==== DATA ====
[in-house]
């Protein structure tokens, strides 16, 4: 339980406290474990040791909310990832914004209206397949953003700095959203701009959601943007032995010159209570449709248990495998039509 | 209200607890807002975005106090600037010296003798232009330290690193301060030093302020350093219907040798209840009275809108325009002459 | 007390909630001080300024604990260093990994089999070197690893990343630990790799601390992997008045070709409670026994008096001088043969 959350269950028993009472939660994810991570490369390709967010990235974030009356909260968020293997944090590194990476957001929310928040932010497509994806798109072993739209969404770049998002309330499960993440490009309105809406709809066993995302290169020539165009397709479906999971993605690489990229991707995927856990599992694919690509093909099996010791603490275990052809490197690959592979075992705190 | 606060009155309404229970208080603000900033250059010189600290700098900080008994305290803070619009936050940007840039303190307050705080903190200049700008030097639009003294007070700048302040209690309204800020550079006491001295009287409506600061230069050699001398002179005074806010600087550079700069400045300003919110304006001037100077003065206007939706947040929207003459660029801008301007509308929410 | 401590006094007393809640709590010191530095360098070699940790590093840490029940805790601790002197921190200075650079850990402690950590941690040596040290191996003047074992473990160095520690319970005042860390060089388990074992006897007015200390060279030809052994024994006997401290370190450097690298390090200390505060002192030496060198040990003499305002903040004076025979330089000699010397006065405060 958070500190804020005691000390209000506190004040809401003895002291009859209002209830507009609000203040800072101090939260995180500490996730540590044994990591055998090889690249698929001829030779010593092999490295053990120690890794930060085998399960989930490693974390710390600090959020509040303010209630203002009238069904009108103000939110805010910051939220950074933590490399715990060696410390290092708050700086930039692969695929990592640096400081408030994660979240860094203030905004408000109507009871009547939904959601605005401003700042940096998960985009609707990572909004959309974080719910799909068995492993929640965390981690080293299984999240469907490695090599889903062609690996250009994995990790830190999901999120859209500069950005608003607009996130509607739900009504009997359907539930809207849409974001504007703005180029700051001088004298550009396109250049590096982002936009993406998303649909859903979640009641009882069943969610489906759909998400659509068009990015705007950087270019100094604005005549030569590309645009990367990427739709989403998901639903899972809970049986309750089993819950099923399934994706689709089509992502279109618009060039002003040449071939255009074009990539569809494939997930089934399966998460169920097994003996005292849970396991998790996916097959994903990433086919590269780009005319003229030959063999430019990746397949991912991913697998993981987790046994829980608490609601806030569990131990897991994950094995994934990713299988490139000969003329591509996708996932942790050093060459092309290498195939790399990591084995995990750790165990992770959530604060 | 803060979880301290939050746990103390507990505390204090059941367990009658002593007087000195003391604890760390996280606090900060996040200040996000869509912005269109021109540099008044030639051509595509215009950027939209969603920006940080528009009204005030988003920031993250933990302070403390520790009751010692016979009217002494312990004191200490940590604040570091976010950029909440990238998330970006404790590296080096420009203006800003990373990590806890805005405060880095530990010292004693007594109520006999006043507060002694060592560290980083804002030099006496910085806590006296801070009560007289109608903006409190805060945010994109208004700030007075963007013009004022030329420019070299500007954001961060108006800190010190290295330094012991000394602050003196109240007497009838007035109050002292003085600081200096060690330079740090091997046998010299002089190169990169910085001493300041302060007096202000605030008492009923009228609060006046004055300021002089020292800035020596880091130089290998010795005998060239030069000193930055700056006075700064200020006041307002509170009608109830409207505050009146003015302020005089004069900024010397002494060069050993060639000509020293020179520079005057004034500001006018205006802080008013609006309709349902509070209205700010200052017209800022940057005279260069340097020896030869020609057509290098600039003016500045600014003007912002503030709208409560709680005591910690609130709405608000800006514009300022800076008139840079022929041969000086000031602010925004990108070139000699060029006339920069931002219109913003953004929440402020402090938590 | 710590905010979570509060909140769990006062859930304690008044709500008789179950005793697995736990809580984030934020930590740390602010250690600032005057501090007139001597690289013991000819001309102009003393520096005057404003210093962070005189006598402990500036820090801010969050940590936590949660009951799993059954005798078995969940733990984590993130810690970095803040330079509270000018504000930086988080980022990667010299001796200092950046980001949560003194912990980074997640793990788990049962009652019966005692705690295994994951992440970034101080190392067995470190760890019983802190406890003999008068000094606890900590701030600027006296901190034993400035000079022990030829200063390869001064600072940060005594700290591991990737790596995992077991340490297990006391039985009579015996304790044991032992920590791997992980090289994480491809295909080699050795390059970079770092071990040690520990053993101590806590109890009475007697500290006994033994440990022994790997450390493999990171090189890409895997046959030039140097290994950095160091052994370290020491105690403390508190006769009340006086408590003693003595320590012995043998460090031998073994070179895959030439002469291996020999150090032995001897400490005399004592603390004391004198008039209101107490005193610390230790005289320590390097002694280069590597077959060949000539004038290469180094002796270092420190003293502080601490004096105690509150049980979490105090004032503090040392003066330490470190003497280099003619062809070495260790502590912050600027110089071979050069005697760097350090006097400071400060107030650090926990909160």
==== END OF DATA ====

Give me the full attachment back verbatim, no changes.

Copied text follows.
[in-house]
């Protein structure tokens, strides 16, 4: 339980406290474990040791909310990832914004209206397949953003700095959203701009959601943007032995010159209570449709248990495998039509 | 209200607890807002975005106090600037010296003798232009330290690193301060030093302020350093219907040798209840009275809108325009002459 | 007390909630001080300024604990260093990994089999070197690893990343630990790799601390992997008045070709409670026994008096001088043969 959350269950028993009472939660994810991570490369390709967010990235974030009356909260968020293997944090590194990476957001929310928040932010497509994806798109072993739209969404770049998002309330499960993440490009309105809406709809066993995302290169020539165009397709479906999971993605690489990229991707995927856990599992694919690509093909099996010791603490275990052809490197690959592979075992705190 | 606060009155309404229970208080603000900033250059010189600290700098900080008994305290803070619009936050940007840039303190307050705080903190200049700008030097639009003294007070700048302040209690309204800020550079006491001295009287409506600061230069050699001398002179005074806010600087550079700069400045300003919110304006001037100077003065206007939706947040929207003459660029801008301007509308929410 | 401590006094007393809640709590010191530095360098070699940790590093840490029940805790601790002197921190200075650079850990402690950590941690040596040290191996003047074992473990160095520690319970005042860390060089388990074992006897007015200390060279030809052994024994006997401290370190450097690298390090200390505060002192030496060198040990003499305002903040004076025979330089000699010397006065405060 958070500190804020005691000390209000506190004040809401003895002291009859209002209830507009609000203040800072101090939260995180500490996730540590044994990591055998090889690249698929001829030779010593092999490295053990120690890794930060085998399960989930490693974390710390600090959020509040303010209630203002009238069904009108103000939110805010910051939220950074933590490399715990060696410390290092708050700086930039692969695929990592640096400081408030994660979240860094203030905004408000109507009871009547939904959601605005401003700042940096998960985009609707990572909004959309974080719910799909068995492993929640965390981690080293299984999240469907490695090599889903062609690996250009994995990790830190999901999120859209500069950005608003607009996130509607739900009504009997359907539930809207849409974001504007703005180029700051001088004298550009396109250049590096982002936009993406998303649909859903979640009641009882069943969610489906759909998400659509068009990015705007950087270019100094604005005549030569590309645009990367990427739709989403998901639903899972809970049986309750089993819950099923399934994706689709089509992502279109618009060039002003040449071939255009074009990539569809494939997930089934399966998460169920097994003996005292849970396991998790996916097959994903990433086919590269780009005319003229030959063999430019990746397949991912991913697998993981987790046994829980608490609601806030569990131990897991994950094995994934990713299988490139000969003329591509996708996932942790050093060459092309290498195939790399990591084995995990750790165990992770959530604060 | 803060979880301290939050746990103390507990505390204090059941367990009658002593007087000195003391604890760390996280606090900060996040200040996000869509912005269109021109540099008044030639051509595509215009950027939209969603920006940080528009009204005030988003920031993250933990302070403390520790009751010692016979009217002494312990004191200490940590604040570091976010950029909440990238998330970006404790590296080096420009203006800003990373990590806890805005405060880095530990010292004693007594109520006999006043507060002694060592560290980083804002030099006496910085806590006296801070009560007289109608903006409190805060945010994109208004700030007075963007013009004022030329420019070299500007954001961060108006800190010190290295330094012991000394602050003196109240007497009838007035109050002292003085600081200096060690330079740090091997046998010299002089190169990169910085001493300041302060007096202000605030008492009923009228609060006046004055300021002089020292800035020596880091130089290998010795005998060239030069000193930055700056006075700064200020006041307002509170009608109830409207505050009146003015302020005089004069900024010397002494060069050993060639000509020293020179520079005057004034500001006018205006802080008013609006309709349902509070209205700010200052017209800022940057005279260069340097020896030869020609057509290098600039003016500045600014003007912002503030709208409560709680005591910690609130709405608000800006514009300022800076008139840079022929041969000086000031602010925004990108070139000699060029006339920069931002219109913003953004929440402020402090938590 | 710590905010979570509060909140769990006062859930304690008044709500008789179950005793697995736990809580984030934020930590740390602010250690600032005057501090007139001597690289013991000819001309102009003393520096005057404003210093962070005189006598402990500036820090801010969050940590936590949660009951799993059954005798078995969940733990984590993130810690970095803040330079509270000018504000930086988080980022990667010299001796200092950046980001949560003194912990980074997640793990788990049962009652019966005692705690295994994951992440970034101080190392067995470190760890019983802190406890003999008068000094606890900590701030600027006296901190034993400035000079022990030829200063390869001064600072940060005594700290591991990737790596995992077991340490297990006391039985009579015996304790044991032992920590791997992980090289994480491809295909080699050795390059970079770092071990040690520990053993101590806590109890009475007697500290006994033994440990022994790997450390493999990171090189890409895997046959030039140097290994950095160091052994370290020491105690403390508190006769009340006086408590003693003595320590012995043998460090031998073994070179895959030439002469291996020999150090032995001897400490005399004592603390004391004198008039209101107490005193610390230790005289320590390097002694280069590597077959060949000539004038290469180094002796270092420190003293502080601490004096105690509150049980979490105090004032503090040392003066330490470190003497280099003619062809070495260790502590912050600027110089071979050069005697760097350090006097400071400060107030650090926990909160």